National Theatre of Scotland's Them!: 'Theatre that recognises the multiplicity of identities'
- Gareth K Vile
- 24 June 2019
Stewart Laing and Pamela Carter's new play remakes a paranoid 1950s sci-fi film for today's contemporary questions
For Them!, Stewart Laing draws together many of the team from his previous company Untitled Projects, music from Teen Canteen's Carla J Easton, an irreverent attitude towards predictable theatre structures and 150,000 leafcutter ants. Operating as a reinvention of the classic 1950s paranoid science-fiction film, Them! is a reflection on contemporary floating identities and a subversion of the TV chat show.
A Scottish theatre-maker arrives on-set to discuss his remake of the 'seminal creature-feature', but discovers (through a sudden shift to a nightclub at the end of the world) that issues of class, race and culture can never be ignored. 'About four years ago, writer Pamela Carter and I started to work on an idea about personality identity and the possibilities of change,' Laing says. 'I came across Them! in a list of JG Ballard's sci-fi movies. And I love that movie!'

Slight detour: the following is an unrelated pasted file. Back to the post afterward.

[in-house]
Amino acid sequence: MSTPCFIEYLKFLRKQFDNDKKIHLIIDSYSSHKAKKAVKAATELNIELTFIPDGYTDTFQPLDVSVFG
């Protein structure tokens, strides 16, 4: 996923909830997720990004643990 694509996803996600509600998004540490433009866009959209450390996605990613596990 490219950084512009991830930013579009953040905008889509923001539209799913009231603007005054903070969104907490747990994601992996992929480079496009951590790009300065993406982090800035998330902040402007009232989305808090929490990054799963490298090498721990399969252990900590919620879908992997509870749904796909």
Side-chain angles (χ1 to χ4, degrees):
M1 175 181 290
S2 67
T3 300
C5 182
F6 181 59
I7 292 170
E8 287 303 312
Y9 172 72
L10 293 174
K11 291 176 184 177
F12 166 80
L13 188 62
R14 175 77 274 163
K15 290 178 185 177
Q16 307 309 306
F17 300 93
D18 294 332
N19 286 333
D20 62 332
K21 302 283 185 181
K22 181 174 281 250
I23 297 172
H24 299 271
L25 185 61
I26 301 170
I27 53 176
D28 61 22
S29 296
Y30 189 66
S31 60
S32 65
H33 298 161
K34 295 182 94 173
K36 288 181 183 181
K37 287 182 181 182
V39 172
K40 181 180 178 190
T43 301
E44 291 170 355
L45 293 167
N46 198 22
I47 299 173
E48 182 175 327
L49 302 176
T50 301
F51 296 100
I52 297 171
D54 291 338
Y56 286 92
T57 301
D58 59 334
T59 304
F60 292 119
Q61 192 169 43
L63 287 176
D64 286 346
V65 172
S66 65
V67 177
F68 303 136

The film operates as a foundation to contemplate 'change and remaking: the plot of the show is about how one could remake it,' he continues. And while this production follows Laing's familiar interests in science-fiction and meta-theatrical commentary, he's also interested in 'creating a complete world in the theatre: we are not trying to convince anybody that anything is part of something else. It's like a project with no back story!'
Although he states that the production is story-led, Them! promises Laing's distinctive combination of the fantastical and the naturalistic, presenting a theatre that recognises the multiplicity of identities, makes claims for the importance of inclusivity, and maintains a cerebral power without losing immediate and visceral thrills.
Tramway, Glasgow, Thu 27 Jun–Sat 6 Jul